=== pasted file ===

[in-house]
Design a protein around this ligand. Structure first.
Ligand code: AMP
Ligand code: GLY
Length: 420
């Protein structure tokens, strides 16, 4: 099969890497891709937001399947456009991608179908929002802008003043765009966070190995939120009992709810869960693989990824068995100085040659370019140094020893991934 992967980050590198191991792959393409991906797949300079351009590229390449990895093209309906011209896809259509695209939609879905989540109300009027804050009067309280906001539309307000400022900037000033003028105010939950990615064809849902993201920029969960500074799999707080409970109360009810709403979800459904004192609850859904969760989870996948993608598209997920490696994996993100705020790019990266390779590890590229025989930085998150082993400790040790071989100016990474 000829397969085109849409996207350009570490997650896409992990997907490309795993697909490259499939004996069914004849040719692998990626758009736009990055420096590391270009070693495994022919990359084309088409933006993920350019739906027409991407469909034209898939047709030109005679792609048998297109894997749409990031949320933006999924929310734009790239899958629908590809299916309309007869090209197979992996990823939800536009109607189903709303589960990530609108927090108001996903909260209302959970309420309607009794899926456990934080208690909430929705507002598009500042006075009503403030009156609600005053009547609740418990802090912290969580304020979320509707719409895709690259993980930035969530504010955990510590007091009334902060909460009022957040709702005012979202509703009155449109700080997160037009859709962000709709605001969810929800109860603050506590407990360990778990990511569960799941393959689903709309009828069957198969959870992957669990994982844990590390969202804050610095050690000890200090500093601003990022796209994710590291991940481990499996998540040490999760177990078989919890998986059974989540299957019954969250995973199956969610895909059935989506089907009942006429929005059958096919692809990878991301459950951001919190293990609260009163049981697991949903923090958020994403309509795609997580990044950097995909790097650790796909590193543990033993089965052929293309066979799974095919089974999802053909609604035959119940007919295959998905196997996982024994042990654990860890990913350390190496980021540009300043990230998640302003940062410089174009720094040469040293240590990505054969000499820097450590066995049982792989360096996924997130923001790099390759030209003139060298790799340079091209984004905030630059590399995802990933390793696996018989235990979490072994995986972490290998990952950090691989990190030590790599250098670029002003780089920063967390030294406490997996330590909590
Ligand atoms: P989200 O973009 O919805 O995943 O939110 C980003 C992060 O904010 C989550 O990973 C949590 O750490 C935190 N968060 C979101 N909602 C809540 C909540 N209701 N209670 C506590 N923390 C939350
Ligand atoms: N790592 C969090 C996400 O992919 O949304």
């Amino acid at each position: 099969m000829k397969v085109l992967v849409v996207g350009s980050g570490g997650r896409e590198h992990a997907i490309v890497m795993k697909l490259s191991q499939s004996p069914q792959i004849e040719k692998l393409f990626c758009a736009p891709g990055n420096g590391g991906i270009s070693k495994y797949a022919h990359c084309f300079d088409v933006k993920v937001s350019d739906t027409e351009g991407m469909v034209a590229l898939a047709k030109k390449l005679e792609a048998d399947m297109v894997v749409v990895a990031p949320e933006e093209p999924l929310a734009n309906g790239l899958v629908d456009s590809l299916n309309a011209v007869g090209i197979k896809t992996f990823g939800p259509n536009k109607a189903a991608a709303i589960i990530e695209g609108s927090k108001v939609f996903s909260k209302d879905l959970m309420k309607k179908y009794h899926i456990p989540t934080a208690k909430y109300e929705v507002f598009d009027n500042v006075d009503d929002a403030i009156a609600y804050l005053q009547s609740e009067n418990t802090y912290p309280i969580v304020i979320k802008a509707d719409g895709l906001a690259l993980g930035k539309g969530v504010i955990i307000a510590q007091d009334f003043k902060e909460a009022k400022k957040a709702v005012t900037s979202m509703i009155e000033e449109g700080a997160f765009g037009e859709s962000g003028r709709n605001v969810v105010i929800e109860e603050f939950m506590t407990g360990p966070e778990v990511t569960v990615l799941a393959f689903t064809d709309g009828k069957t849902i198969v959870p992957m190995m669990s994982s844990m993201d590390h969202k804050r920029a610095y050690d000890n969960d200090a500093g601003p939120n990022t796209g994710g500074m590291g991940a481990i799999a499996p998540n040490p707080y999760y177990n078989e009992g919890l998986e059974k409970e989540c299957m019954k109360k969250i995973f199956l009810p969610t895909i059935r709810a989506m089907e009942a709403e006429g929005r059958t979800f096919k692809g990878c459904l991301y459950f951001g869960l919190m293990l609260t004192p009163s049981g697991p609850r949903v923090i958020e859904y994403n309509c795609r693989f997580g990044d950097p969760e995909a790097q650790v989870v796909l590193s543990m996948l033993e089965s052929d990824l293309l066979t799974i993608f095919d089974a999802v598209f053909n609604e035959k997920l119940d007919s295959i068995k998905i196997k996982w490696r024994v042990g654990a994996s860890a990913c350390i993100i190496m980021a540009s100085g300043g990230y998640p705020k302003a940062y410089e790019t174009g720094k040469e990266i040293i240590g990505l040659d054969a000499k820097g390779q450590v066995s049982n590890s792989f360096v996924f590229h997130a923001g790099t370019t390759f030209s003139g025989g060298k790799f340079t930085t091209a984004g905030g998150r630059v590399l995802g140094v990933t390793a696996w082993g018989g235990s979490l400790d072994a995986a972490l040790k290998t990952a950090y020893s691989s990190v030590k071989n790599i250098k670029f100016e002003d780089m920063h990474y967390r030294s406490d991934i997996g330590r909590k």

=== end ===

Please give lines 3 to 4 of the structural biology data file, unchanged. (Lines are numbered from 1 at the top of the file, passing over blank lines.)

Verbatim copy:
Ligand code: AMP
Ligand code: GLY